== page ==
Arthritis in Cats
Arthritis, otherwise known as Osteoarthritis (OA) or degenerative joint disease (DJD) is a painful disease. It appears to be much more common in cats than we previously thought. It is a major cause of pain and discomfort in senior cats, especially over the age of ten. Unlike in dogs, limping is not a common sign in cats. They are small and naturally agile, so they can often cope with severe arthritic disease.
Here are some signs of arthritis (OA or DJD) in senior cats:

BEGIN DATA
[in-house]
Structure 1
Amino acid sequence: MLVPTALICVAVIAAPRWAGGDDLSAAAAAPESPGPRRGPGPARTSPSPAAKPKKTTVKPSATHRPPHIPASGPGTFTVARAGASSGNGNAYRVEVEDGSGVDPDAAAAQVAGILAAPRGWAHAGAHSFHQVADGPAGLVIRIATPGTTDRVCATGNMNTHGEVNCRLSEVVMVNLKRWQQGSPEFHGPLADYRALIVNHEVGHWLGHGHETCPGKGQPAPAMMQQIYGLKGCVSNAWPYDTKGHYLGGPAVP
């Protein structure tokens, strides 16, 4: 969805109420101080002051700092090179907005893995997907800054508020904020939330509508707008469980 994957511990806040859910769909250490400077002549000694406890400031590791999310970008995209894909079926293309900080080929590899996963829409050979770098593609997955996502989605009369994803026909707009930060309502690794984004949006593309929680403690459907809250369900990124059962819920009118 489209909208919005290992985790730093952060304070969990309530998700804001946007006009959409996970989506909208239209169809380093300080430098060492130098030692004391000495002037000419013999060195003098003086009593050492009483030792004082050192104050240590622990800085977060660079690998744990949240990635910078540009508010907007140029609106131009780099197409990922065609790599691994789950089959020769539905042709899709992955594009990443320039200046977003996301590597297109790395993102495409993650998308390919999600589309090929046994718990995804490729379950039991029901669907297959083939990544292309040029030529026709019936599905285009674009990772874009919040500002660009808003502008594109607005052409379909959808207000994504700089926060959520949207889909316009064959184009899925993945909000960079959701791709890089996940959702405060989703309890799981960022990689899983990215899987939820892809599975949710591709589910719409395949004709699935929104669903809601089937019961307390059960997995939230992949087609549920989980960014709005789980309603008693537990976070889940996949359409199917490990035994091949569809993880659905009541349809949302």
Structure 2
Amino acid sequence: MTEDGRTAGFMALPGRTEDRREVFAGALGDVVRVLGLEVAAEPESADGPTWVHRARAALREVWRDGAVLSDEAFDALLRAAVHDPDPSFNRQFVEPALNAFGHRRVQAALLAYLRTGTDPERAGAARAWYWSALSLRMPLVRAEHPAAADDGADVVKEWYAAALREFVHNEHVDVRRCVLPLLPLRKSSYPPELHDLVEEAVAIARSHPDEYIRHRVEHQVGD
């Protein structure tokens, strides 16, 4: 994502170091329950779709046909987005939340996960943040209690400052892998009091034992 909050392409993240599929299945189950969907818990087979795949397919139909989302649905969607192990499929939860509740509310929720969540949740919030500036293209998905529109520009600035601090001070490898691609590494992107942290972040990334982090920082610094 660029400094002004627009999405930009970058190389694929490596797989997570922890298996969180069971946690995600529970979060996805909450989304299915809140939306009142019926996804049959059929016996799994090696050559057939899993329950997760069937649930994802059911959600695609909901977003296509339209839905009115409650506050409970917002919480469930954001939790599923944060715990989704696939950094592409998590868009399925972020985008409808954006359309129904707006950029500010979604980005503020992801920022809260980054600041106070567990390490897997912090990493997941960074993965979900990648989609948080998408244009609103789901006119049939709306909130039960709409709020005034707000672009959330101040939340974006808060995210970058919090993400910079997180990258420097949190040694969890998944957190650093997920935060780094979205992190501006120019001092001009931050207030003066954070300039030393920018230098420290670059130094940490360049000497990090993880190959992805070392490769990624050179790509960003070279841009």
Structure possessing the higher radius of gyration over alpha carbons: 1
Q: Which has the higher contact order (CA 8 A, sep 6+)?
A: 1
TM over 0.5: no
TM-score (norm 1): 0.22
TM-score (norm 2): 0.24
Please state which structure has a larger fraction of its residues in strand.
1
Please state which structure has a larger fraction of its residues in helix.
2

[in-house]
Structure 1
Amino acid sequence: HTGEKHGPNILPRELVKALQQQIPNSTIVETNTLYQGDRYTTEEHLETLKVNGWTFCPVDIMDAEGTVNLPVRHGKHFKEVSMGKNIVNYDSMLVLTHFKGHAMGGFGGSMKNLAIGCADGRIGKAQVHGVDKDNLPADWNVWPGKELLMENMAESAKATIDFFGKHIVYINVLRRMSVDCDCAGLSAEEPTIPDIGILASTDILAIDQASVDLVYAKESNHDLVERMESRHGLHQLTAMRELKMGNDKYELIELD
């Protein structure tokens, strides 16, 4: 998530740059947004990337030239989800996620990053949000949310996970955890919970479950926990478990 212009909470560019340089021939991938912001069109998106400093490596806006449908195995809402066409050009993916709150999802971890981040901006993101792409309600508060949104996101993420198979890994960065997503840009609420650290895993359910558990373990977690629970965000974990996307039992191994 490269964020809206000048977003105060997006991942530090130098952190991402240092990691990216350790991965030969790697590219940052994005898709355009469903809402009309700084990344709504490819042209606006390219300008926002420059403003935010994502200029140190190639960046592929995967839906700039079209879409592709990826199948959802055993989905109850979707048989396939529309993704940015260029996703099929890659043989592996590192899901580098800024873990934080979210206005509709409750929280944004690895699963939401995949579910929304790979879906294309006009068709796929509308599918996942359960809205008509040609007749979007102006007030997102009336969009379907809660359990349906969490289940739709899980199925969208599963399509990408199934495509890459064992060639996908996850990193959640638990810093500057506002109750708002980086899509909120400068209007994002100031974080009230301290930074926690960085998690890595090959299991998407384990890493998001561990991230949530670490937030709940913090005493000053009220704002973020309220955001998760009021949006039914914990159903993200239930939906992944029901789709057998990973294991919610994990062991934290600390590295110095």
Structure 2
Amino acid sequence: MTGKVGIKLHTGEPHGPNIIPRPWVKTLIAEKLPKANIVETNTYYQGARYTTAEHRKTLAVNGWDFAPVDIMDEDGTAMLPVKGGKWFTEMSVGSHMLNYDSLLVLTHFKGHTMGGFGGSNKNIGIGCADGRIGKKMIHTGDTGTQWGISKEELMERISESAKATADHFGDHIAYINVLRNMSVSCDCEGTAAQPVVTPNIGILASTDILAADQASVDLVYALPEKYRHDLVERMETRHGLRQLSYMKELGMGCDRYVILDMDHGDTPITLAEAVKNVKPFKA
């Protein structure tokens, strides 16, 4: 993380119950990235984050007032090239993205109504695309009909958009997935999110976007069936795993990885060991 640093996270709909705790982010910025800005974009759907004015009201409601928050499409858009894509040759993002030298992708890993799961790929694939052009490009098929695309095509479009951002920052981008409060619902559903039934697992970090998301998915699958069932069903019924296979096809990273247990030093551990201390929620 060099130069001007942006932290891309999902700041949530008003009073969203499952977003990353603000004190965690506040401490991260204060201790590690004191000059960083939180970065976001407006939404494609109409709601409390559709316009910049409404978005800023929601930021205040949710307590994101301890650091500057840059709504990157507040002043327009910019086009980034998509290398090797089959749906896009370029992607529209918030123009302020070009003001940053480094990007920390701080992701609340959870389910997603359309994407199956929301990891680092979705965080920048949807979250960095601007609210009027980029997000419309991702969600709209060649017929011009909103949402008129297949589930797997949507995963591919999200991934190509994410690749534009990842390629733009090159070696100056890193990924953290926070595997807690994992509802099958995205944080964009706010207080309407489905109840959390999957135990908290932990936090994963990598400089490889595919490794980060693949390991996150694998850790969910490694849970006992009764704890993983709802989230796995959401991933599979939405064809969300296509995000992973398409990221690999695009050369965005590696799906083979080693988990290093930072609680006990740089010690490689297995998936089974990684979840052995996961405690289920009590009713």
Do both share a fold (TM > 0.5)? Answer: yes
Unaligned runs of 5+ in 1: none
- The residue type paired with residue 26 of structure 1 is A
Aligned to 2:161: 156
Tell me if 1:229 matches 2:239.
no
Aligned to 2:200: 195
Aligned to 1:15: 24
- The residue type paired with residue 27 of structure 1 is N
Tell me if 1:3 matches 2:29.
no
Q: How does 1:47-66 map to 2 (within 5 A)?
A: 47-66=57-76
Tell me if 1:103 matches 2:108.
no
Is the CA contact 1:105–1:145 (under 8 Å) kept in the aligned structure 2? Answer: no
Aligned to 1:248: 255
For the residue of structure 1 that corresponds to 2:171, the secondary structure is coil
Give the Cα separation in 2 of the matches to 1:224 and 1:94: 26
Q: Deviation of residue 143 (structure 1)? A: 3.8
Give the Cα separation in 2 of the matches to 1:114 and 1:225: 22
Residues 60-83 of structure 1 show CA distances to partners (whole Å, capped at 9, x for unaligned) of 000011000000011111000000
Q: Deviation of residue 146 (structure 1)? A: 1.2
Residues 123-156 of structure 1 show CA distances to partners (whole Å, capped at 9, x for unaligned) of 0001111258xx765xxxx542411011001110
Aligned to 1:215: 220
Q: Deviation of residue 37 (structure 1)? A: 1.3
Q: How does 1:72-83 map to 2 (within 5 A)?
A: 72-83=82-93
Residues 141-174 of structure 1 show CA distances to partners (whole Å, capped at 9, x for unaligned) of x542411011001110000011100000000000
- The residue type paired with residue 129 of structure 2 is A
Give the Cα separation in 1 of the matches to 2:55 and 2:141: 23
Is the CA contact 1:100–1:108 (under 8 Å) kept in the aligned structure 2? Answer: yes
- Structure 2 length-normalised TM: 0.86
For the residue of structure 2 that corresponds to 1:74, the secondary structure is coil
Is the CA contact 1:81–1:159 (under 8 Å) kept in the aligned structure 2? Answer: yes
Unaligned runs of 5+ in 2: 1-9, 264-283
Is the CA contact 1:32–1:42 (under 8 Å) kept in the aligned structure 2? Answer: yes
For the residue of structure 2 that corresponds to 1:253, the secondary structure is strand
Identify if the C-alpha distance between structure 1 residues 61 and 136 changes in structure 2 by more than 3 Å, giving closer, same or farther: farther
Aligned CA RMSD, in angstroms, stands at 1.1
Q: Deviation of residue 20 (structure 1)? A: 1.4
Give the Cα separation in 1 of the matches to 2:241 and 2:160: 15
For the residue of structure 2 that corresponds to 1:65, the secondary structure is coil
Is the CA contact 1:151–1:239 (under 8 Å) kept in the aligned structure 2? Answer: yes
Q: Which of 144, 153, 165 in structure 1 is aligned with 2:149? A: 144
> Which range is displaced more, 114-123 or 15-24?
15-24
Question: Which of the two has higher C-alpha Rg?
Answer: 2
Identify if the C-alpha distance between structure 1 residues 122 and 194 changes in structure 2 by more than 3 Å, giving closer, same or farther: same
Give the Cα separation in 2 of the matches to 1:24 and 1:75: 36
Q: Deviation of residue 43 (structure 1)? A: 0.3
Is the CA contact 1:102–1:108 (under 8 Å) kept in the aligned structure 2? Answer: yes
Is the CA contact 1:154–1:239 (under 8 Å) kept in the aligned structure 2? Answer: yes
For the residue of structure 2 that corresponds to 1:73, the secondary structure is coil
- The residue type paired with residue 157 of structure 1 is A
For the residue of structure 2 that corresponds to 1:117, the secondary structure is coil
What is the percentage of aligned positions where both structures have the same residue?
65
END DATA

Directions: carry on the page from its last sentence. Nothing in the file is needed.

- Unkempt appearance/decreased grooming
- Reluctance to jump (even onto a cozy spot)
- Urinating or deficating outside of the litter box
- Sleeping more
- Sleeping less
- Change in behavior/avoiding human contact
- Dislike of being petted, especially on the back
Commonly owners and veterinarians do not realize how affected a cat is until we x-ray their spine or until after the owner sees dramatic improvement after treatment with a once a day medication for a week or two.
Remember, aspirin and Tylenol can kill your cat, so never give them any medications without consulting your veterinarian.